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Phone: 217-532-3941
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Email: uie-cjmm@illinois.edu
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Phone: 217-854-9604
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News Release

Accent photo

Perennial plant of 2017 – Asclepias tuberosa

News source/writer: Martha Smith, 309-734-5161, smithma@illinois.edu

URBANA, Ill. – With all the “buzz” about bees and butterflies, the Perennial Plant Association is celebrating a plant known for its ability to support birds and insects, including a beloved North American native butterfly. The Association has just announced Asclepias tuberosa as its 2017 Perennial Plant of the Year™.

Commonly known as butterfly weed, this long-lived and striking perennial is native to much of the continental United States, along with Canadian provinces Ontario and Quebec.

“With vibrant orange, red, and yellow flowers that seem to jump out at you, butterfly weed is a great addition to a sunny garden with average to dry soils,” says University of Illinois Extension educator Martha Smith. “As the common name suggests, these plants are butterfly magnets. They also have a medicinal history as a treatment for pleurisy, a common ailment in early colonial times, causing wheezing, coughing, and great pain due to the inflammation of the pleura round the lungs. Asclepias tuberosa reportedly was so effective in treating this ailment it earned the common name pleurisy root.”

Butterfly weed is a member of the Apocynaceae or milkweed family. This family includes plants with a milky sap poisonous to most insects. Unlike other milkweeds, Asclepias tuberosa contains little sap. The hairy leaves are 2 to 5 inches long, growing close together as they spiral up the hairy stem. Stems are branched near the top with flat clusters, or umbels, of many showy flowers in late spring through mid-July.

“Butterfly weed flowers are easy to recognize because of their ‘five up and five down’ appearance,” Smith says. “Each flower has five colorful petals that hang down and five upright curved petals called hoods, each possessing one orange horn. When cross-pollinated, a dry fruit, called a follicle, forms. The mature follicle opens along one side to disperse the seeds.”

Smith recommends deadheading Asclepias tuberosa to prevent reseeding, to keep the plants more attractive, and to promote a second flush of color later in the season.

Asclepias tuberosa makes excellent, long-lasting cut flowers. “Cut stems when more than half the flowers are open; buds do not open well once the stem is cut. Searing the cut end is not necessary to prevent sap from seeping out of the stems. Instead, cut flowers have a good vase life if they are immediately placed in warm water after cutting and either placing stems in a refrigerator for 12 hours or transferring the stems to cold water. This process eliminates what little sap may be produced,” Smith notes.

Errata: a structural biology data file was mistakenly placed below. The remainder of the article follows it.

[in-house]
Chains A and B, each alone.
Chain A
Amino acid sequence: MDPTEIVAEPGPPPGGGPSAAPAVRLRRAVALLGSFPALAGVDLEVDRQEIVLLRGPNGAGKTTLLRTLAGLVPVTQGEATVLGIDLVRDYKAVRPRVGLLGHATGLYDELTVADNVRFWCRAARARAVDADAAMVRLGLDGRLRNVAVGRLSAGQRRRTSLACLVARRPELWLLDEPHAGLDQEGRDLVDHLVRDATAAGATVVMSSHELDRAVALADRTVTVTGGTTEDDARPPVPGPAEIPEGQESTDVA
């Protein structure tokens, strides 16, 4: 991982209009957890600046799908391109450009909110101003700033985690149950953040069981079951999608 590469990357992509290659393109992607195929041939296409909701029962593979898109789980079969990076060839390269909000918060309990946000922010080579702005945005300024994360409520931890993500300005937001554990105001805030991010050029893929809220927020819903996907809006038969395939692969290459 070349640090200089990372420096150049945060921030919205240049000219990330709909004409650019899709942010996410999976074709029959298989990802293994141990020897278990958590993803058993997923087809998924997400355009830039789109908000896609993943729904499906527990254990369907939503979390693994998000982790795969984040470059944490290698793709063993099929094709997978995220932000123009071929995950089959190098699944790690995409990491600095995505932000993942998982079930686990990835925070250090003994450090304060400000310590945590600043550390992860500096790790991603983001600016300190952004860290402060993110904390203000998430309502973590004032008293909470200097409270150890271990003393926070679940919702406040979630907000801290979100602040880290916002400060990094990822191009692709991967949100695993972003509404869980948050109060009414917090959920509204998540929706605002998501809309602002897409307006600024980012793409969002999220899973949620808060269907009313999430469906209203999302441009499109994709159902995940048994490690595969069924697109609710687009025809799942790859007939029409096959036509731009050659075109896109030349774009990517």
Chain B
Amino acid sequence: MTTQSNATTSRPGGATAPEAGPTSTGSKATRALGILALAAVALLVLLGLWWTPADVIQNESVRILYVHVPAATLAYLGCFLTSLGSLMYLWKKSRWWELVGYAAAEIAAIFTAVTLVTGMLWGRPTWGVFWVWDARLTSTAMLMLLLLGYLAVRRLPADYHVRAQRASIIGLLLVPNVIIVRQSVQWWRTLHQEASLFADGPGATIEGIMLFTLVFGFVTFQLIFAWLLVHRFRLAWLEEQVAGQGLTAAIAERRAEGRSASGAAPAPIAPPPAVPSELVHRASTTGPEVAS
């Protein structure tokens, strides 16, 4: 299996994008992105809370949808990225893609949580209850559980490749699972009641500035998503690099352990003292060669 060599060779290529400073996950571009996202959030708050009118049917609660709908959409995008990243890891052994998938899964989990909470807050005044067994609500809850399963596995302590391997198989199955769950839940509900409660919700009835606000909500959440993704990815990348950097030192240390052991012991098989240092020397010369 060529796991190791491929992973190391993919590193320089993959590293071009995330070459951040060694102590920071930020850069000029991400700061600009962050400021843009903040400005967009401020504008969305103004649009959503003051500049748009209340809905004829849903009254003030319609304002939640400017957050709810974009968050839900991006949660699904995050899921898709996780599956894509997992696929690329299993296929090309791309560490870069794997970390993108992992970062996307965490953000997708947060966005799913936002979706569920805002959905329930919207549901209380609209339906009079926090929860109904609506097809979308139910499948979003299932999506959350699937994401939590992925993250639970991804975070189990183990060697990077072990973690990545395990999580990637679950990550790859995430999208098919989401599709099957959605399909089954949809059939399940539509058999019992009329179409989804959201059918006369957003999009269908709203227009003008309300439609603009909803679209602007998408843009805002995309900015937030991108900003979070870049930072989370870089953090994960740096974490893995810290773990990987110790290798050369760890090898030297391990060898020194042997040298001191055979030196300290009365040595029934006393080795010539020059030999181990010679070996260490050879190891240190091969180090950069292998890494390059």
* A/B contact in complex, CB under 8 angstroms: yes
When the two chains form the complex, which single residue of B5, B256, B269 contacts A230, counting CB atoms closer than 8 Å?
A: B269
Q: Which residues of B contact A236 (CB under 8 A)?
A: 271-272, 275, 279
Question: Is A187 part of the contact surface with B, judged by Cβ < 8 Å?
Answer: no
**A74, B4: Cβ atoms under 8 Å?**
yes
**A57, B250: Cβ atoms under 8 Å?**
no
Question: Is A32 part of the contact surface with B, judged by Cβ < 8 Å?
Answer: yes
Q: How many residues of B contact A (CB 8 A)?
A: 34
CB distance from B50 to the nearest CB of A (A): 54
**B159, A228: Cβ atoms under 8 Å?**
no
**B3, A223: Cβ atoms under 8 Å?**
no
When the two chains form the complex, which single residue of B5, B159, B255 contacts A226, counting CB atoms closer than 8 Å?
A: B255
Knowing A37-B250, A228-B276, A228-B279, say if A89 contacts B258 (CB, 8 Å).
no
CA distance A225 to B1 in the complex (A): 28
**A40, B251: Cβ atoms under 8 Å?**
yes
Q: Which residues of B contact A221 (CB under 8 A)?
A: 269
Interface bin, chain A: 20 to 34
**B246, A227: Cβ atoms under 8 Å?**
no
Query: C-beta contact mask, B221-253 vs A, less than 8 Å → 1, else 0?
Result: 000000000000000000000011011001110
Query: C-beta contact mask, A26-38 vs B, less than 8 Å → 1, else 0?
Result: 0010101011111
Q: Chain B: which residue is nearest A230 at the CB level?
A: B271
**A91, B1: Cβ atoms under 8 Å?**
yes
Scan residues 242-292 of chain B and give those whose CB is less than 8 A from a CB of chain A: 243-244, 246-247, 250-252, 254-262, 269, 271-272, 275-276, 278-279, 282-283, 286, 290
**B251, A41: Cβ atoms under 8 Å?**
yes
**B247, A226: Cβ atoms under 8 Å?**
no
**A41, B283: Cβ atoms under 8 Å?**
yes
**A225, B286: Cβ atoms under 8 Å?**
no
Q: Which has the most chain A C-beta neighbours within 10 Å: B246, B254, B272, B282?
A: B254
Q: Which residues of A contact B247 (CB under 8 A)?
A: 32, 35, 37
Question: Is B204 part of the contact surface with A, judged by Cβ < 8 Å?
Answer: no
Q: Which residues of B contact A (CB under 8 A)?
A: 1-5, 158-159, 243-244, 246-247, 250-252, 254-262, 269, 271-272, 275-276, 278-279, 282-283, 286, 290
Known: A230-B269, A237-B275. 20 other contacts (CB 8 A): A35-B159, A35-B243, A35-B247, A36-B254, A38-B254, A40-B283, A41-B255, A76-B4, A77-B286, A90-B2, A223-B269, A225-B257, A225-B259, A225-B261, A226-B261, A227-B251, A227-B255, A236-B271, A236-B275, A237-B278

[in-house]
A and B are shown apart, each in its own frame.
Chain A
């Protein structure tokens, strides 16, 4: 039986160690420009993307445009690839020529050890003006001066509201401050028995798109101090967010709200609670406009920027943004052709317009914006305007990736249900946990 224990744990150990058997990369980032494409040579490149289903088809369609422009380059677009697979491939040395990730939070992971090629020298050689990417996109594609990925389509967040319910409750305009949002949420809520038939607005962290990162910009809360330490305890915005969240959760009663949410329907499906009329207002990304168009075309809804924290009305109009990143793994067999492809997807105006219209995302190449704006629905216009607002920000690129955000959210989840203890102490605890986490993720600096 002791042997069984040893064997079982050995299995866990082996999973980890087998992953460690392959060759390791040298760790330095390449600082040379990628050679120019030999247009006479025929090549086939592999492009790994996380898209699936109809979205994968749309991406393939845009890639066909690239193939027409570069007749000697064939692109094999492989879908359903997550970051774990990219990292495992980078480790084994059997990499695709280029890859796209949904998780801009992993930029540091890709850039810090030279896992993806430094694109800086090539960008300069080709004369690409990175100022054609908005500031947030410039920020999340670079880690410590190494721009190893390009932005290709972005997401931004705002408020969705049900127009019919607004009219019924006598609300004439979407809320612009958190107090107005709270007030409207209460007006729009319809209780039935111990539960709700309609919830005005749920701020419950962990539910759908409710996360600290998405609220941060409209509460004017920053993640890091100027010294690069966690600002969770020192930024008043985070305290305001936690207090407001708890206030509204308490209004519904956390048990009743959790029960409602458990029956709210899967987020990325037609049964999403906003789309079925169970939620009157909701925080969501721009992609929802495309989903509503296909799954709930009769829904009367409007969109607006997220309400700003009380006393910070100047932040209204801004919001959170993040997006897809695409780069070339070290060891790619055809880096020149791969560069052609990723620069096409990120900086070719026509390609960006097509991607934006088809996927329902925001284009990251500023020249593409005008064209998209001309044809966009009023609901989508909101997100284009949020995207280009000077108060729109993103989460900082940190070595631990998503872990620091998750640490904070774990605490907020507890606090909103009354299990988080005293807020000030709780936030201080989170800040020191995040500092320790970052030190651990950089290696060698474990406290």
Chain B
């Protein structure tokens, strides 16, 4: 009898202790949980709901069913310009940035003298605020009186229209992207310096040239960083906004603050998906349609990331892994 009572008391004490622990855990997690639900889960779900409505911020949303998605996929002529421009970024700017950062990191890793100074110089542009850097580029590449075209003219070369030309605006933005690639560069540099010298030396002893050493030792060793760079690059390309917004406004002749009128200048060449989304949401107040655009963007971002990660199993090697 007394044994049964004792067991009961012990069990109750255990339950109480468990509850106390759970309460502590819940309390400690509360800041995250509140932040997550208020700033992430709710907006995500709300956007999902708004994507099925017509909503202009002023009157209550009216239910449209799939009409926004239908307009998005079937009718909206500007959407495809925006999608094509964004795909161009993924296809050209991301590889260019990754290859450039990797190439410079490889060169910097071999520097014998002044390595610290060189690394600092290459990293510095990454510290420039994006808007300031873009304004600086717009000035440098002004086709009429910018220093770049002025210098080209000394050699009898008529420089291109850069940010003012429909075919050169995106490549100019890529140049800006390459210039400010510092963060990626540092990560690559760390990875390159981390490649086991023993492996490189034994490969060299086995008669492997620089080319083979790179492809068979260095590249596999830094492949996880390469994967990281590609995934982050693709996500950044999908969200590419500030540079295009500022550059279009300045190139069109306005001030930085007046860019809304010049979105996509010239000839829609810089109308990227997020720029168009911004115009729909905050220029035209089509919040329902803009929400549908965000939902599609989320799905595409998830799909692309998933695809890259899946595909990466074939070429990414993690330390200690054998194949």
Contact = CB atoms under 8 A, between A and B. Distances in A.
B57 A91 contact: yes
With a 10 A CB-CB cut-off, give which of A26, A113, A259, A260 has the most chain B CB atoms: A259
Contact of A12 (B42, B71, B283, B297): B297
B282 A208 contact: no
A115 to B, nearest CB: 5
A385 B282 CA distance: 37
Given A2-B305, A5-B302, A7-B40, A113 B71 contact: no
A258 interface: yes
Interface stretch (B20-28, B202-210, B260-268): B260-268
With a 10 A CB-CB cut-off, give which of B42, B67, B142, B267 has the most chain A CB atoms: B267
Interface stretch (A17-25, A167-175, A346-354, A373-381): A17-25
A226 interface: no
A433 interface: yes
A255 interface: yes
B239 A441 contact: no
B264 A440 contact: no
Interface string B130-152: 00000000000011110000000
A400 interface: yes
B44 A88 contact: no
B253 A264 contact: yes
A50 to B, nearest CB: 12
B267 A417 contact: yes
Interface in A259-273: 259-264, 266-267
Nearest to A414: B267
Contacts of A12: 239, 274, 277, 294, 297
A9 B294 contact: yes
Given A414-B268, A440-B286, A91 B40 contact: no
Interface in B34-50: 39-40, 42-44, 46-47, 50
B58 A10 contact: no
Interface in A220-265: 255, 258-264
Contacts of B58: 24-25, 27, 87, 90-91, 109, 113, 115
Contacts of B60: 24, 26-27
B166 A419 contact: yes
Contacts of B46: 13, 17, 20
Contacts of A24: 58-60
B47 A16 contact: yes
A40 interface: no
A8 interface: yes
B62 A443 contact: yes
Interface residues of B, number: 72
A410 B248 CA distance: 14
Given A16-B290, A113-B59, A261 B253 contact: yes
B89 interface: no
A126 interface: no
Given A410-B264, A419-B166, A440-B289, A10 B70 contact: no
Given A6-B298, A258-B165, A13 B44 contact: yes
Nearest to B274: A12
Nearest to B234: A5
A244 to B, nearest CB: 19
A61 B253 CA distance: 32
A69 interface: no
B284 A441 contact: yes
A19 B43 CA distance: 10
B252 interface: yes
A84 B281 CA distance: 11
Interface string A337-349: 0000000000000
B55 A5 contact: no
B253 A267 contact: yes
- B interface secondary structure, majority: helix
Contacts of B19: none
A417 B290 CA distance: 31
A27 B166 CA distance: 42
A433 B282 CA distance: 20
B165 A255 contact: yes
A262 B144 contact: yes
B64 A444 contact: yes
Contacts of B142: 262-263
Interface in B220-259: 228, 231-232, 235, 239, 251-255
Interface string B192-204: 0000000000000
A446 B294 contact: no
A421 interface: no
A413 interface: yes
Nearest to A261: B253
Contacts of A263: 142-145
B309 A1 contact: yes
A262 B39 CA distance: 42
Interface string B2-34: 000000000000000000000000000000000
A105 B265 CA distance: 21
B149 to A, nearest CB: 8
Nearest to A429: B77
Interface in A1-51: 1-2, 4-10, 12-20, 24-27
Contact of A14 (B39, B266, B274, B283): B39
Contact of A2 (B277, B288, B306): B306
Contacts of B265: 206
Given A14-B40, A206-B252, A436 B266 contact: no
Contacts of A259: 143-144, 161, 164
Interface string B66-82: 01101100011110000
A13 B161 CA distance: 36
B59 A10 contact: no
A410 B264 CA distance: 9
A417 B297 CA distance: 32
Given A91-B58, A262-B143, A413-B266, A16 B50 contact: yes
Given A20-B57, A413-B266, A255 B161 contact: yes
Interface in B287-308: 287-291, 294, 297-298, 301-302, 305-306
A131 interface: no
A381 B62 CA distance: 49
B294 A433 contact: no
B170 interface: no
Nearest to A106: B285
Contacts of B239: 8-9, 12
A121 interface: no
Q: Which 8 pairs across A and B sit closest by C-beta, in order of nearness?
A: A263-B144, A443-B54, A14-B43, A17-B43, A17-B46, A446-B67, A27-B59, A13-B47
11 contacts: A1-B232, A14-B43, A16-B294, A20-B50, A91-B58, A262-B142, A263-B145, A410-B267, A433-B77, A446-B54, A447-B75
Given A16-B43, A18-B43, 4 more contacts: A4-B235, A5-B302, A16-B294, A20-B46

Butterfly weed is hardy to zones 4-9 and reaches 2 to 3 feet high with a 2-foot spread. Smith cautions gardeners to be patient, as butterfly weed is slow to emerge in the spring. Young plants grow from a single central stem, but with age, plants will develop additional shoots at the base. Mature plants do not transplant well, although they can be divided carefully in early spring before new growth begins. “Dig carefully,” Smith says, “but if enough root is left behind, they will regrow. Don’t cut back in late fall, rather wait until early spring. To prepare young butterfly weed for the winter, put mulch down around them to prevent frost heaving.”

Butterfly weed is often grown from seed. Experts report 50-80 percent germination if fresh cleaned seed is used. “If germination does not occur after 3 to 4 weeks, provide a 2 to 4 week cooling period,” Smith says. “Collected seed will result in flower color variation. To ensure color, purchase seed from a reputable source. Propagation through root cuttings can be used to ensure quality from forms showing merit. Cutting back once, early in the growth cycle, will promote compact growth.”

Since Asclepias tuberosa is a native prairie plant, butterfly weed is quite comfortable in meadow gardens, native plantings, and wildlife sanctuaries, but it is finding its way into semi-formal to formal urban gardens. Smith suggests planting it in large masses, for an unrivaled display of eye-popping orange flower color. Orange butterfly weed pairs well with summer blooming Phlox, Hemerocallis sp., Liatris spicata, Echinacea sp., Salvia sp., and most June/July sun-loving perennials. Another bonus is that if the garden is visited by deer, they will leave Asclepias tuberosa alone.

Many bees, wasps, ants, butterflies, and beetles visit butterfly weed, as well as hummingbirds. All members of the milkweed family serve as larval food for the monarch butterfly (Danaus plexippus), queen butterfly (Danaus gilppus), and the milkweed tussock moth (Euchaetes egle). “Let them munch on butterfly weed and you will be rewarded with these ‘flowers of the air,’” Smith says.

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Local Contact: Andrew Holsinger, Extension Educator, Horticulture, aholsing@illinois.edu